Peter Hoskins, The Black Prince and King Jean II (Pen & Sword, 2020)
The Black Prince, heir to the English throne, and King Jean II of France met in Battle at Poitiers in 1356. This was a significant engagement in The Hundred Years’ War, a series of conflicts between France and England from 1337 to 1453. Peter Hoskins notes immediately how much the two men had in common, yet one emerged victorious while the other became a humiliated prisoner of war. His book attempts to answer why that happened with an emphasis on their generalship and character.
This is a book in three parts. The first sets down the two biographies of the Black Prince and King Jean II. That provides the necessary background to follow Hoskins’ analysis while giving him the opportunity to prepare quick character sketches. Part Two describes the principles of war and command and leadership in the Hundred Years’ War. He starts that with a consideration of generalship and the conduct of war through the lens of Sun Tzu’s Art of War, which seems incongruous at times as Hoskins recognises in passing. He is on much firmer ground with Vegetius’ The Epitome of Military Science, and he just about skirts charges of anachronism with his third framework, the principles of war used by the modern UK forces. Command, Hoskins concludes, was the preserve of the nobility; commanders had to be courageous and disciplined, and they had to project their personality onto their armies, but that did not always guarantee competence.
Hoskins moves on to the campaigns of the Black Prince and King Jean II in Part Three. For the Black Prince, those were the expedition in France of 1355-56, leading to the Battle of Poitiers, and the 1367 campaign leading to the Battle of Najera in 1367. Jean comes under Hoskins’ microscope for the sieges of Aiguillon in 1346 and Breteuil in 1356 before bringing him to Poitiers and his fateful meeting with the Black Prince. Hoskins does all this in chronological order. At Aiguillon, for example, Jean lost focus on his primary objective, while on his 1355 chevauchee, the Black Prince demonstrated quite the opposite faculty, keeping his eyes on his prizes. The Battle of Poitiers – an event that occupies the central place in this book – emphasized the qualitative differences between the two commanders, Hoskins argues. He continues his narrative and analysis into the campaign of Najera in 1367 and the Black Prince’s last great victory. Hoskins concludes with his theory on the location of the Poitiers battlefield.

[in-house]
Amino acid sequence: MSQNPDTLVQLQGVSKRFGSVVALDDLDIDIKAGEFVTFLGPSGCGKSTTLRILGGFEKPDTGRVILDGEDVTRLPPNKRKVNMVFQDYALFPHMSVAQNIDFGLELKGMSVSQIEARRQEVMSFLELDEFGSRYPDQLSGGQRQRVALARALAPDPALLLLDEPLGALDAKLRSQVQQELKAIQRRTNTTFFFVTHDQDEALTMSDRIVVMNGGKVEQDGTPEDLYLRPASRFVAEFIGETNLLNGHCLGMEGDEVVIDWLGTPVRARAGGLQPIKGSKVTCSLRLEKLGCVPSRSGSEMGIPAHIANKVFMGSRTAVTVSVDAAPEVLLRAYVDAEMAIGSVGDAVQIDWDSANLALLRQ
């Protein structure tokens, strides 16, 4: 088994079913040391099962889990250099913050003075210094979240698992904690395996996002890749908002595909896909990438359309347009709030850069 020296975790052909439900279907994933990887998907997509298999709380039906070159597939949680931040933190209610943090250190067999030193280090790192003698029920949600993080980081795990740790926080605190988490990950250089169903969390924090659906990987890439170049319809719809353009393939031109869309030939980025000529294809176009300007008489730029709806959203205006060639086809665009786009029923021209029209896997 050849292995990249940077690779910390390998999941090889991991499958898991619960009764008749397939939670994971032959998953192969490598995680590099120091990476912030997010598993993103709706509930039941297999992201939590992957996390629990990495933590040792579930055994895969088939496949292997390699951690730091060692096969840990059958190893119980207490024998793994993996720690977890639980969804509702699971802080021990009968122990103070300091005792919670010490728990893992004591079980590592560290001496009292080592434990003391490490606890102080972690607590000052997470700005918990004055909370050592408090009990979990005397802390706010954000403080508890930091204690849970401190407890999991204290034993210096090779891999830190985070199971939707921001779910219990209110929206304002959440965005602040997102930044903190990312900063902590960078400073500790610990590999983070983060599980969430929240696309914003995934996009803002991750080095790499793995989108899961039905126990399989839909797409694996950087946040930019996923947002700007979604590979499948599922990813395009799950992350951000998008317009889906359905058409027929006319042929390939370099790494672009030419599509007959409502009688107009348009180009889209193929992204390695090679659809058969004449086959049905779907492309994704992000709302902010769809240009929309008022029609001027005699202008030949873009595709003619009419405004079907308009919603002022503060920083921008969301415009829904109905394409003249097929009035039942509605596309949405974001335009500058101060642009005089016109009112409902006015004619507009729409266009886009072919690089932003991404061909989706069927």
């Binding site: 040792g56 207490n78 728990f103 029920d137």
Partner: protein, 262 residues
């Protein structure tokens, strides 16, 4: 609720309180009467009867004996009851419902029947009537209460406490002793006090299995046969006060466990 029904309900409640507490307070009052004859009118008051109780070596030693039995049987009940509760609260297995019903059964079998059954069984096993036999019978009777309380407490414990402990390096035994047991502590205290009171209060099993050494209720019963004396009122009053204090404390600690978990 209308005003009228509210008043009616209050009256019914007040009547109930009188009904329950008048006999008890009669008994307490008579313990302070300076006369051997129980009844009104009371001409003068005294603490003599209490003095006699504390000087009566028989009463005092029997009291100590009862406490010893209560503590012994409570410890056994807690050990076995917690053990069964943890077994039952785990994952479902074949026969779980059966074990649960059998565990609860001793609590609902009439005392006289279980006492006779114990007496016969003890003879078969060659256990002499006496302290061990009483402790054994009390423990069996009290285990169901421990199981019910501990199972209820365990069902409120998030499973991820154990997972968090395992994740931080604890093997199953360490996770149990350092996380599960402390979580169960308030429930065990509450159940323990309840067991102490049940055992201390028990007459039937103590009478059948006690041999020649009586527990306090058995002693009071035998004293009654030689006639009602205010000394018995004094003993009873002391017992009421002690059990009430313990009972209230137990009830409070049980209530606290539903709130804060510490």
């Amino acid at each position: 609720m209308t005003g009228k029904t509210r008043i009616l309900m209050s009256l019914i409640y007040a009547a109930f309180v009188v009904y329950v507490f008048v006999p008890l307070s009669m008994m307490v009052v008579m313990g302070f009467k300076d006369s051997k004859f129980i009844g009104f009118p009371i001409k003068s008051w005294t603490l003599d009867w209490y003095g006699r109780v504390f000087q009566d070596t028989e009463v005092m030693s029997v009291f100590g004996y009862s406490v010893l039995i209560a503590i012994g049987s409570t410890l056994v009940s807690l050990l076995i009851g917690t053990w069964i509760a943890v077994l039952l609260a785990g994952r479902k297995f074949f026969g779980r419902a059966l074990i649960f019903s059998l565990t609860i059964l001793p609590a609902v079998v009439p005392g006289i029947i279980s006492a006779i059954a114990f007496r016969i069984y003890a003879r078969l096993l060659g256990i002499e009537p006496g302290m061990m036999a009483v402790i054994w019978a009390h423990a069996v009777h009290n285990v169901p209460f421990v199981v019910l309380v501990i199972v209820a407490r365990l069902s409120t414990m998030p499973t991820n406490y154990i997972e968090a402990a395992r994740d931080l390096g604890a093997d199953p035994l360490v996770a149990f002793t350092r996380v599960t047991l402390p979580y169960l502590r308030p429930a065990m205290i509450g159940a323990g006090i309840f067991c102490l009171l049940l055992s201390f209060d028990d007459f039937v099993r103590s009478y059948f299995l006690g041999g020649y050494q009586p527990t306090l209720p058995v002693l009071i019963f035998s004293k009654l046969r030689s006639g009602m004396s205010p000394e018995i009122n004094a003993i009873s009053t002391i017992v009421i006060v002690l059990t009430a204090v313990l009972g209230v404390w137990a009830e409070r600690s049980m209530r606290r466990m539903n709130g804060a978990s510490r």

The Black Prince and King Jean II is an enjoyable narrative history with some cogent analysis of command in the Hundred Years’ War. His clear writing makes it easy to follow Hoskins through a complex period, and the double-sided biographical introduction is a clever way to lead into the heart of this study. There is perhaps too much narrative at times for some of the operations where more analysis would be welcome. The inclusion of the Najera campaign also felt unnecessary; the climax of the book is clearly at Poitiers. Nevertheless, Hoskins’ even-handed approach to his two major protagonists produces a balanced account that is well worth reading.